Page 5, 22nd August 1986

22nd August 1986
Page 5
Page 5, 22nd August 1986 — Four times around the scaffold
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Four times around the scaffold

Pamela Hervey-Bathurst reports her investigations into the life of Blessed Margaret Pole

I HAVE always had a personal interest in Blessed Margaret Pole, mainly through some misguided history books — but chiefly because I thought she was a "reluctant martyr" or even a last minute coward which would in the event prove a likely personal temptation.

Also I have a devotion to the Five Wounds, which I think played a part in her conviction as a political traitor. The story given to me was that as an ancient lady of 70 (or more), on reaching the scaffold, she ran round it four times before being finally caught by the executioner and led to the block for beheading. I felt very sympathetic. Since then, on inquiry, readers of the Catholic newspapers and expert historians have kindly given me many more details of her life.

It is not widely known that there is a beautiful manor house convent — Pole's Convent FCJ, dedicated to her, situated in Ware, Hertfordshire. Mr Francis Murphy, teacher, writer, historian, living in Bedfordshire, confirmed for me that she was, indeed, the mother of Cardinal Pole, who revered her. "At the age of 41, in exile, in Italy, a prominent figure in the Church, and the Internal Reform Movement, Reginald Pole received the dreadful news, that Henry VIII had executed his mother, now in her seventieth year." He said, "that God had given him the grace of being the son of one of the best and most honoured ladies in England . . . but now He has wished to honour me still more, and increase my liability, because He has made me, in addition, the son of a martyr."

Andrew Mungovin, Bradford historian, also filled in: "She was born in 1473, her father being George, Duke of Clarence, brother to Edward IV and Richard III. Her grandfather was the Earl of Warwick, called 'The King Maker'." Her brother Edward, having a claim to the Crown, was imprisoned for 14 years in the Tower, until executed, so that there should be no doubt that claimants to the Throne when Henry VIII's brother Arthur married Catherine of Aragon.

By that time, largely through deliberate ill-treatment, he was so retarded that it was said he "did not know a goose from a capon." Margaret was then married to Richard Pole. They had five children, including Reginald, later Cardinal and Archbishop of Canterbury.

Margaret and Catherine of Aragon became close friends. After Henry married Catherine, on succeeding to the Throne, he made Margaret Countess of Salisbury in her own right, and she became governess to Princess Mary. Inevitably she supported the Queen when the question of divorce arose.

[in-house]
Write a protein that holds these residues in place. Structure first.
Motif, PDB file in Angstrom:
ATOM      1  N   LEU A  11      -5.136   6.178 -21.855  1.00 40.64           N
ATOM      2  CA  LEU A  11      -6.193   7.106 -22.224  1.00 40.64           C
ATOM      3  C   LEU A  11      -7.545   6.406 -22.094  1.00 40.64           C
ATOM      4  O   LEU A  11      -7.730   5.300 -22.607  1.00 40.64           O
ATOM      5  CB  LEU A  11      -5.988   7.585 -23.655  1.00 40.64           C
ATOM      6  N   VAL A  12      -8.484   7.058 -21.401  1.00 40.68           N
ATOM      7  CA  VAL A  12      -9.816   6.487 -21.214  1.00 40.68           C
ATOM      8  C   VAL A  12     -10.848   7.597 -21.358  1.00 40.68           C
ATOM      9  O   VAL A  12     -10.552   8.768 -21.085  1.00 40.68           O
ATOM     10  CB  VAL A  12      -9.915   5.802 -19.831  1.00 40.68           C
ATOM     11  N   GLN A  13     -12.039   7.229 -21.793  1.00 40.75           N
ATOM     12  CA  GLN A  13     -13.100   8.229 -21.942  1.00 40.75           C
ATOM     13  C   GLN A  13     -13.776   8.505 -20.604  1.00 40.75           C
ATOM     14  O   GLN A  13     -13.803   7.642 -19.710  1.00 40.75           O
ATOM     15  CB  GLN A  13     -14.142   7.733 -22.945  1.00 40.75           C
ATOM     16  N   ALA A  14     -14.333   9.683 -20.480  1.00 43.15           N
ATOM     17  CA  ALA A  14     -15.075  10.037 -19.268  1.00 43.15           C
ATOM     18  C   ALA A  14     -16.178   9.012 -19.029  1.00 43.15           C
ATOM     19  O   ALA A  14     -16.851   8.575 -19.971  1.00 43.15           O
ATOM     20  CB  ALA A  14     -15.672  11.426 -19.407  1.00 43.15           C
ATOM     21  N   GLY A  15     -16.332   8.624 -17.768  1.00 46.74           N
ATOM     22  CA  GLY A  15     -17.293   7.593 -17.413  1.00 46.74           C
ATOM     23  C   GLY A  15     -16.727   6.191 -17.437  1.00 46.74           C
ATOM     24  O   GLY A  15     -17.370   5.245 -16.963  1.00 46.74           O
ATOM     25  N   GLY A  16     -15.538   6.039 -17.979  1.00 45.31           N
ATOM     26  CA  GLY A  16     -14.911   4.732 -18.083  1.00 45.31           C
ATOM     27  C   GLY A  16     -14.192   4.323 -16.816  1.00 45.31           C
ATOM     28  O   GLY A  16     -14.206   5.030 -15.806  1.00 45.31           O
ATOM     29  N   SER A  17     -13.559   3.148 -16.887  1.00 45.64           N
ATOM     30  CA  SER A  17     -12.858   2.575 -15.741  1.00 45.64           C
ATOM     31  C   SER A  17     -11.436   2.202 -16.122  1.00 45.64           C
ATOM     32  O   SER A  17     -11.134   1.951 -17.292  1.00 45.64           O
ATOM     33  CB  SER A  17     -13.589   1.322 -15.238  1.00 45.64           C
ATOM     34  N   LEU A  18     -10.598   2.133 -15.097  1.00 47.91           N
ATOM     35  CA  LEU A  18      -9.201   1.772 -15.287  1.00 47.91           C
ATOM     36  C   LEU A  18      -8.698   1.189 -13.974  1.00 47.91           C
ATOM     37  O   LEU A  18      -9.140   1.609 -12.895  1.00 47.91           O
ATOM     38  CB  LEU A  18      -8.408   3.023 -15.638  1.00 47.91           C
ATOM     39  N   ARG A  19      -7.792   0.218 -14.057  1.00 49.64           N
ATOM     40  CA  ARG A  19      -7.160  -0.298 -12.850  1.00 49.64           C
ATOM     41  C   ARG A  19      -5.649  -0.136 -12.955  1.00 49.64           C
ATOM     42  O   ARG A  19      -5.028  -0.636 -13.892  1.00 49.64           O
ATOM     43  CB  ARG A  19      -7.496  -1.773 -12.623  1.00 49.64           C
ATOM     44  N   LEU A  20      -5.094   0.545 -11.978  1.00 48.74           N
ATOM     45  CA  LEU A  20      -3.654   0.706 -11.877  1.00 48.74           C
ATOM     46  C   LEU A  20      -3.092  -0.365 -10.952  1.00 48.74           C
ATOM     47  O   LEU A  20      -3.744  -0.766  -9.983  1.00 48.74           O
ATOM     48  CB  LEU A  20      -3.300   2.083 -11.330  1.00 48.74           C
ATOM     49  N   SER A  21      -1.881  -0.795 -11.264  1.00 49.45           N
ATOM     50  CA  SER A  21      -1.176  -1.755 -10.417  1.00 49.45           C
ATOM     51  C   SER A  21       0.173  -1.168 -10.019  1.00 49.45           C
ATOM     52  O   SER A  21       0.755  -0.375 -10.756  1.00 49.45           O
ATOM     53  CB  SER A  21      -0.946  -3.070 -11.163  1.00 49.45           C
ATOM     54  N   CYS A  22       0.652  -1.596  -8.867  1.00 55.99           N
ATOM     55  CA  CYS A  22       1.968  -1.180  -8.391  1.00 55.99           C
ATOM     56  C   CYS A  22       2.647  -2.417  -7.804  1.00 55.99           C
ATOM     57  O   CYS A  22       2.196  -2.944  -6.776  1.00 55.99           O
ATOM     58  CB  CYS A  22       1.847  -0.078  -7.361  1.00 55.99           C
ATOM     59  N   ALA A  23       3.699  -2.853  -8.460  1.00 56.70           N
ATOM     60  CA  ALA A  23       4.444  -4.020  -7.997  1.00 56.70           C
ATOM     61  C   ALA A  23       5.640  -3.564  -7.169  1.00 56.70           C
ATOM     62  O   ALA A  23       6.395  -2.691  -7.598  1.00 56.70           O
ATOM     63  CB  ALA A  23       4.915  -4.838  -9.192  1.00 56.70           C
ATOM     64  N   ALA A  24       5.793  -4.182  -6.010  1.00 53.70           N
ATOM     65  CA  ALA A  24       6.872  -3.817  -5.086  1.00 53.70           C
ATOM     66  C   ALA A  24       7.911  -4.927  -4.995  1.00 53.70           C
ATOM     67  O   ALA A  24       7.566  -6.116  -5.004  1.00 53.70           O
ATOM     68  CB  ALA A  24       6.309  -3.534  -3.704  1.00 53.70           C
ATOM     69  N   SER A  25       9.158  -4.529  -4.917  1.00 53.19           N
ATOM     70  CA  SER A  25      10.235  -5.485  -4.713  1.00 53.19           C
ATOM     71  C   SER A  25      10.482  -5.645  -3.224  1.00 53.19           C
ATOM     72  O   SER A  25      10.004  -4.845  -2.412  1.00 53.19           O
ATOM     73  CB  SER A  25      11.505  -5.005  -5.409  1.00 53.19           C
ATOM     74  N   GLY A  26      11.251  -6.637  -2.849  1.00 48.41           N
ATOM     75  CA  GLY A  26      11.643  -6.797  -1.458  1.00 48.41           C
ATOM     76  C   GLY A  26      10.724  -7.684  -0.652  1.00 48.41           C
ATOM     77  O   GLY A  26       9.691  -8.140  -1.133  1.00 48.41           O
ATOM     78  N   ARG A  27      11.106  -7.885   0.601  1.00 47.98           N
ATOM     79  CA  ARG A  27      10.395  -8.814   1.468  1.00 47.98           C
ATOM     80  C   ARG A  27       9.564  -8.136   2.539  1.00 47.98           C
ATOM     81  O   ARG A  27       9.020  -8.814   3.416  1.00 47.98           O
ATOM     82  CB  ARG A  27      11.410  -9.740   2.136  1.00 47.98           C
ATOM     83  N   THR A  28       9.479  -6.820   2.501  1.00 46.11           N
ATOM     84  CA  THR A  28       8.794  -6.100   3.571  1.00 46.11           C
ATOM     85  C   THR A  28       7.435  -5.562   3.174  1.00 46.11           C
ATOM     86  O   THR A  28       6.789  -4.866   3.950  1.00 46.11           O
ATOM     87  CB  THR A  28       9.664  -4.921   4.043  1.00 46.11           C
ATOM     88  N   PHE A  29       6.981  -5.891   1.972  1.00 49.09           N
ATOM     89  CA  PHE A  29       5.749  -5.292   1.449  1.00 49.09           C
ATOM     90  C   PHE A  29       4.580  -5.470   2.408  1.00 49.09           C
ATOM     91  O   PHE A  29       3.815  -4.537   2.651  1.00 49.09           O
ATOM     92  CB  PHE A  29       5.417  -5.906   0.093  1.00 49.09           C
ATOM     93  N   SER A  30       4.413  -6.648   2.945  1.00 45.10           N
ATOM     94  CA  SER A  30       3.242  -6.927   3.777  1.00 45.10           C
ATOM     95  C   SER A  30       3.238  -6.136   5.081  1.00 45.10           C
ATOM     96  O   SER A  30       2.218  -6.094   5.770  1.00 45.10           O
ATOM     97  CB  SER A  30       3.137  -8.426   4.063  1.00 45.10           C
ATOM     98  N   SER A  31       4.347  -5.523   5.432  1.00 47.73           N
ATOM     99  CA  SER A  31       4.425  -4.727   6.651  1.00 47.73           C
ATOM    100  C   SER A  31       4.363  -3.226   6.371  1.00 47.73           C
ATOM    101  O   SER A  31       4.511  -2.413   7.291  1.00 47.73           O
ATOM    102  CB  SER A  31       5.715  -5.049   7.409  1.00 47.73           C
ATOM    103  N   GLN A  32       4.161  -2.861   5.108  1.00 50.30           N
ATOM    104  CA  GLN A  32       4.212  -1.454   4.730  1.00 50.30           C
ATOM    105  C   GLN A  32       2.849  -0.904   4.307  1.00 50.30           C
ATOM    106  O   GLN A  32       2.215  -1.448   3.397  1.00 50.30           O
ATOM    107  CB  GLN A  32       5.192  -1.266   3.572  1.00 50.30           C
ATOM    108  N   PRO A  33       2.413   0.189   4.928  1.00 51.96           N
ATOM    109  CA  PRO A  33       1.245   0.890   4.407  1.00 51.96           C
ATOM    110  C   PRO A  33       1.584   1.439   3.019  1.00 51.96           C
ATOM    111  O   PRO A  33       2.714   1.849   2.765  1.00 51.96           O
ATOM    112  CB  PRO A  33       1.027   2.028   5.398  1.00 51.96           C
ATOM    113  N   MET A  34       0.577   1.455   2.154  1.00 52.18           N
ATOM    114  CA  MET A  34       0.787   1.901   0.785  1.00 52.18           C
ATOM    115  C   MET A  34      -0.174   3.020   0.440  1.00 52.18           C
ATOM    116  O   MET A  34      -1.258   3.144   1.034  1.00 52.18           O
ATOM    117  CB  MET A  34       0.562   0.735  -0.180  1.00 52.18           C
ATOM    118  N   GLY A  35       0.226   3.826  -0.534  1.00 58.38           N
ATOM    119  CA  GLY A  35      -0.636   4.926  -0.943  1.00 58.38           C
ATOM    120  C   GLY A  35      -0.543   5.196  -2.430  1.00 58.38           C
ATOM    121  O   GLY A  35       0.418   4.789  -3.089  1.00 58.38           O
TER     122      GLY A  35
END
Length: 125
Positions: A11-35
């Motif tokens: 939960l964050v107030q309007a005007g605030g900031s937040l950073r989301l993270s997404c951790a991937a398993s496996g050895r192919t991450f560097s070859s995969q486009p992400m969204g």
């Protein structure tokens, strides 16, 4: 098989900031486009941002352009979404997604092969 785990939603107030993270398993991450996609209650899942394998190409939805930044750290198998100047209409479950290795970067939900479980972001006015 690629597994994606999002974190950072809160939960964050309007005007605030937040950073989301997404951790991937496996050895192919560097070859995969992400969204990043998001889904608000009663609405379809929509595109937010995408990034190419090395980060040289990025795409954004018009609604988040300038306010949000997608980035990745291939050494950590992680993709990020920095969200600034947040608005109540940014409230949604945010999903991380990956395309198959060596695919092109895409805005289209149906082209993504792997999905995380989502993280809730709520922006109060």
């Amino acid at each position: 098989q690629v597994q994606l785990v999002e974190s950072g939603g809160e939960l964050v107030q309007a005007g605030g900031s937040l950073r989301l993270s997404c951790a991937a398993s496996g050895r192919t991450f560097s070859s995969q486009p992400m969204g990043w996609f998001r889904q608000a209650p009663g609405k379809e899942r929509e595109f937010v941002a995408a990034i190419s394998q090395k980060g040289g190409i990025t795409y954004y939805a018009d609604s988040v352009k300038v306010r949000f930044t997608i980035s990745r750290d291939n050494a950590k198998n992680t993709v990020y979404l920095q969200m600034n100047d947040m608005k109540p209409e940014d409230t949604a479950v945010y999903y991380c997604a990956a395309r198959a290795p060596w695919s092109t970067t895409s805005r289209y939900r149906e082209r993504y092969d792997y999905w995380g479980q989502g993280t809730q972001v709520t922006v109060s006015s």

For that, and her staunch Catholicism, she was sentenced to death. She refused to kneel for the headsman on the grounds that she had committed no treason. "She was tortured, rather than executed."

Rosemary Fells, of Barnsley, confirmed Margaret's history, but was not able to answer, for sure, my belief that one of the trumped-up reasons for her actual arrest was that a vestment, embroidered with the Five Wounds and Vessels for saying of Mass were found in her linen chest during the search. She was suspected, they averred, of harbouring priests.

So she sent my query to an expert on history, (particularly local), Christine Houseley, of Havant, Hampshire, who told me that the feast of Blessed Margaret Pole has been celebrated for the past few years with a Catholic Mass in the (now) Anglican church at Warblington — adding — "I hope that she, and the members of the Cotton family near-by, who suffered so much (in fines and persecution) for their faith, would approve!"

I do not, unfortunately, know the date of her feast day. But through this, I received a copy of the story of "Warblington Church", by Norman Simmonds — which had much to say about the Blessed Margaret Pole, Countess of Salisbury. "The ruins of Warblington Castle can be seen from the North Porch of the church, and it may well be that the Countess, with members of her family and household, once walked to the Church, entering by the present old ships timbered porch, that even in her day was some two hundred years old.' This is a guide book well worth reading.

It also mentions — apropos of John Helyar, Chaplain to the Pole house, and then Rector of the Church, presented to the living by the Countess, subsequently, charged with high treason as being in communication with the cardinal in Italy, and who finally fled there, of necessity, himself:

"Fitzwilliam, Earl of Southampton, ally of Cromwell and the Bishop of Ely, were sent in the autumn of 1538 to examine the Countess,rand they questioned her throughout the

day, from early morning until almost night, 'aut were unable to elicit from her any incriminating admission."

Her body rests in the little cemetery of St Peter ad Vincula, within the precincts of the Tower. A sad and haunting place. I have been there — but did not see any memorial, if it was there — though there is mention of so many great martyrs, St Thomas More among them — St John Fisher, St John Houghton — I should have known. I now humbly admit that there are many historical works and novels that make much of her story — and that she is listed in the book of Forty Martyrs — by Fr Clement Tigar, SJ (1970) — The Catholic Encyclopaedia, Old and New editions.

Also a portrait believed to be of her, is in the National Portrait Gallery. Blessed Margaret Pole, looking so noble, defiant, and yet so humorous — forgive my childish ignorance and remember me and our beloved country "Our Lady's Dowry" in the company of Heaven. Spes mea est in Deo.




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